During 23 years with the BBC, and 40 years in journalism (when he was trained to use simple language, avoiding jargon), huge divisions have always been central for our Editor, Welshman Phil Parry, and this is now underlined by news that a large gap appears to be opening up between the two biggest political parties in America, over arms for both Ukraine and Israel.
Previously Phil has described how he was helped to break into the South Wales Echo office car when he was a cub reporter, recalled his early career as a journalist, the importance of experience in the job, and made clear that the ‘calls’ to emergency services as well as court cases are central to any media operation.
He has also explored how poorly paid most journalism is when trainee reporters had to live in squalid flats, the vital role of expenses, and about one of his most important stories on the now-scrapped 53 year-old BBC Cymru Wales (BBC CW) TV Current Affairs series, Week In Week Out (WIWO), which won an award even after it was axed, long after his career really took off.
Phil has explained too how crucial it is actually to speak to people, the virtue of speed as well as accuracy, why knowledge of ‘history’ is vital, how certain material was removed from TV Current Affairs programmes when secret cameras had to be used, and some of those he has interviewed.
It’s meat and drink to journalists like me.
Fierce and competing arguments are often evident in strikes, politics, public policy, as well as foreign relations, so as a reporter you must offer a balanced account of what is happening (there ARE areas, such as racism, where there is no balance – it is just plain WRONG!).
First let’s look at strikes (which are rarer than they once were, but still cause a lot of disruption when they happen).
I witnessed at first hand the violence during the 1984 to 1985 miners’ strike, as those who were keen to return to work were bussed in.
The strike effectively ended in Porthcawl at a conference there, when South Wales miners (who until that point had been virtually rock solid in favour of coming out) voted to go back, and then it was all over.
I was lucky enough to be there, too.
That was when I was a trainee on the South Wales Echo (SWE).
Then there is the extreme rivalry between those who support an independent
Wales, as well as measures to support the Welsh language.
Yet it could be argued, that this division was even greater in the past.
In one case in the 1980s, for example, slogans calling for a new Welsh language act were daubed on the walls of the Welsh Office (WO), and as a reporter on BBC Cymru Wales Today (WT) I was despatched to cover the protest.
I interviewed a senior politician there who was defending the protesters.
These sort of events seldom happen now, compared with previous years.
However there IS today division between Labour and the Conservatives at the Welsh and UK levels, as well as between both of those parties and the Liberal Democrats and Plaid Cymru (Plaid) (as well as other parties) at the Wales level, although ‘daubing’ by them doesn’t occur.
This division was even greater in the past, when we had Boris Johnson as Prime Minister (PM), and Jeremy Corbyn as leader of the Labour opposition.
Mind you, political rivals still come to (alleged) blows, even if it is pretty minor.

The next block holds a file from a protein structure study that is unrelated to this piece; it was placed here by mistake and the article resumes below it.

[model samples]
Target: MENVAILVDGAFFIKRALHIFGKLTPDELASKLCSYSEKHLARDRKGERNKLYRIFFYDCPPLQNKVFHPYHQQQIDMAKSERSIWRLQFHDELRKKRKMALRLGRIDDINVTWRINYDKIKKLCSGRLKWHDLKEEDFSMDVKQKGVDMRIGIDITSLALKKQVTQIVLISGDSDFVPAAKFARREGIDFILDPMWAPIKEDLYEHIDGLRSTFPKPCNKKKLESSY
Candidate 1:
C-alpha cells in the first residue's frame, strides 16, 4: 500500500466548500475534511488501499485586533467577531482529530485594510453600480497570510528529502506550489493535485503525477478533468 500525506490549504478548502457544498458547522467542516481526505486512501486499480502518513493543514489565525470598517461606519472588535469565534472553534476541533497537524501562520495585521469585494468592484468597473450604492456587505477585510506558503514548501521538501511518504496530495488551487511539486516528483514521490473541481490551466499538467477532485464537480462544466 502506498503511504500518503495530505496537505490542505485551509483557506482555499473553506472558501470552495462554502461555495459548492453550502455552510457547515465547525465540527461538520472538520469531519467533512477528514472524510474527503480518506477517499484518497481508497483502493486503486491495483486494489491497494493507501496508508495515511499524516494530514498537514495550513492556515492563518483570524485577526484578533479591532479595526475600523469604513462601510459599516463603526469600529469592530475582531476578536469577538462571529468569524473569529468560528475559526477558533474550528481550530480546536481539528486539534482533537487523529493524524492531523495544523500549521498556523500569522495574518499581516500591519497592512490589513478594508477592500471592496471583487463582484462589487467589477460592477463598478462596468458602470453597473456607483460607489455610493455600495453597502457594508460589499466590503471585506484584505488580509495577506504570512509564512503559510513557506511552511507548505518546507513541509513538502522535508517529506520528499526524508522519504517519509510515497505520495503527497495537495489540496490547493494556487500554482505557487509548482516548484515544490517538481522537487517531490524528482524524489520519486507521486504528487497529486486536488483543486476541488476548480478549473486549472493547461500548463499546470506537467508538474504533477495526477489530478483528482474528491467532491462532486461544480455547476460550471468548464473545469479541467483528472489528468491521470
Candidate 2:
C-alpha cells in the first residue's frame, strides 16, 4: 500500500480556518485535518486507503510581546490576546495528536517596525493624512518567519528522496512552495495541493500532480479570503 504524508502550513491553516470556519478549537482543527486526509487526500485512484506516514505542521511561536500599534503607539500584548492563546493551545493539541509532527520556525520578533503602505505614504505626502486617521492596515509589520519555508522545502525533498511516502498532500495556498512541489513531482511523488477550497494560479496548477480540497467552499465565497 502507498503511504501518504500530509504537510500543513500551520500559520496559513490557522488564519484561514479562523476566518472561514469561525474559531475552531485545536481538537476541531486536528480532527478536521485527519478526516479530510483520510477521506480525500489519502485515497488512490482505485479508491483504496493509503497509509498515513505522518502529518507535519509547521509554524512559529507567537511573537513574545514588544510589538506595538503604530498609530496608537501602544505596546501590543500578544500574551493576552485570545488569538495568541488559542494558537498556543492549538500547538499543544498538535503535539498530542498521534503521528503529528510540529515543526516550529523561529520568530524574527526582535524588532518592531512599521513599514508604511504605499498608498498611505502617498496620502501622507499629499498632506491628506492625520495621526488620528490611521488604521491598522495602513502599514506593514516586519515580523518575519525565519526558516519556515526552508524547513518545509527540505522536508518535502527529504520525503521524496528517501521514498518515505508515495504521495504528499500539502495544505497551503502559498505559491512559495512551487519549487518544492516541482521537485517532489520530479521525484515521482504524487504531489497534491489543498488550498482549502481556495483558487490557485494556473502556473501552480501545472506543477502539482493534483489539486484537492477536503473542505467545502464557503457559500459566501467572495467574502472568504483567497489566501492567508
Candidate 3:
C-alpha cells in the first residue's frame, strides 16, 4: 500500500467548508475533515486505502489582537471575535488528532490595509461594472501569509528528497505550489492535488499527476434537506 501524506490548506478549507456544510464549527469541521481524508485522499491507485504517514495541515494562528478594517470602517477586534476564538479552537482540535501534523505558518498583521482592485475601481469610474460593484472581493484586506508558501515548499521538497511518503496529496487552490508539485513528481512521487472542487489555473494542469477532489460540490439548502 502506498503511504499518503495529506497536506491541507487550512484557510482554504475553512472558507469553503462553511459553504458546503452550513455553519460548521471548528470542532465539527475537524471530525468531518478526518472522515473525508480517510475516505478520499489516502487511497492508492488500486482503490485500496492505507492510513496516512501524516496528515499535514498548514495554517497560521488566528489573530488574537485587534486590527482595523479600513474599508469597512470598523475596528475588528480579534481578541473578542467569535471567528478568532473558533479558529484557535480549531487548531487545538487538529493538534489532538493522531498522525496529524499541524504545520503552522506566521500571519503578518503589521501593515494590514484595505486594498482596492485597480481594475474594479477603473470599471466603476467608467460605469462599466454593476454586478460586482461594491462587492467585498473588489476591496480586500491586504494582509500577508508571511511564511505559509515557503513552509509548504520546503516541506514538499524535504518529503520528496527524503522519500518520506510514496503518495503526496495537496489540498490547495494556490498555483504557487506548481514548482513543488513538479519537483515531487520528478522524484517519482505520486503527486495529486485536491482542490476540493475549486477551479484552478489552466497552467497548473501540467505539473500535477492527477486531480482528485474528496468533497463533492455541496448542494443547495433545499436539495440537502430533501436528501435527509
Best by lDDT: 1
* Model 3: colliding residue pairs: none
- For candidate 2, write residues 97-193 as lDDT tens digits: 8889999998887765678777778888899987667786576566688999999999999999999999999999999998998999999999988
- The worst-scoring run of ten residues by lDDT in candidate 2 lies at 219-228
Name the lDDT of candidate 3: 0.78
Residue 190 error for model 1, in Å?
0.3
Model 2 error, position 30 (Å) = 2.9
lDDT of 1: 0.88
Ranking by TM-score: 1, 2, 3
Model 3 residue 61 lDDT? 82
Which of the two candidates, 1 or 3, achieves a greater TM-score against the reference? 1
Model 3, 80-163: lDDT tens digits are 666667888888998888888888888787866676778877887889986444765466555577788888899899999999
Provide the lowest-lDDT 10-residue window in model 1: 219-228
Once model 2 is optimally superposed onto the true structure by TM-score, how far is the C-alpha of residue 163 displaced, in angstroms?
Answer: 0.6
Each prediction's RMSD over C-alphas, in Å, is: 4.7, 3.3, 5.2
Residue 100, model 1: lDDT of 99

North West Leicestershire MP Andrew Bridgen reported a fellow member to parliamentary authorities for allegedly slapping him on the back of the head.
Mr Bridgen, who joined the Reclaim Party after being kicked out of the Conservatives, demanded that Tory Crispin Blunt apologise in Parliament.
When asked about the reports, Mr Blunt said the allegation was “not correct”, but parliamentary officials confirmed they were aware of an ‘incident’.
The alleged slap is said to have taken place in the atrium of Portcullis House, and Mr Bridgen also claimed the Reigate MP called him a “bastard”.
Across the pond, divisions were MUCH bigger than this sort of thing when Donald Trump was President – although the divide is still a large one now, as we have seen over the defenestration of Kevin McCarthy as speaker of the House of Representatives (HoR).
Yet this kind of political rivalry is highlighted even more today, by political divisions which seem to be emerging between Democrats and Republicans, over the continued supply of arms to Ukraine as well as to Israel in their war with Hamas.
At some point, perhaps in a few weeks or months, both will need more money from Congress.
The disarray is caused, in part, by the fact that Republicans in the House hold only a narrow majority and are themselves bitterly divided, not least over support for Ukraine.
It will be, perhaps, exacerbated if Mr Trump wins back the White House.
This has, it would seem, been emphasised (perhaps unwittingly) by comments from President Joe Biden.
He has declared: “When Congress returns, we’re going to ask them to take urgent action to fund the national-security requirements of our critical partners”.
Continuing with: “This is not about party or politics. It’s about the security of our world, the security of the United States of America“.
It’s also about divisions – they’re great for journalists, but not so good for everyone else…
The memories of Phil’s extraordinary decades long award-winning career in journalism (including the divisive events he has covered) as he was gripped by the rare neurological disabling condition Hereditary Spastic Paraplegia (HSP), have been released in a major book ‘A Good Story’. Order it now.
Another book, though, has not been published, because it was to have included names.
Tomorrow – how shocking figures which have been posted online about flights from troubled Cardiff Airport (CA), highlight growing concern about its future, amid mounting alarm that it was bought using millions of pounds in taxpayers’ money when a Scottish equivalent was purchased for only £1.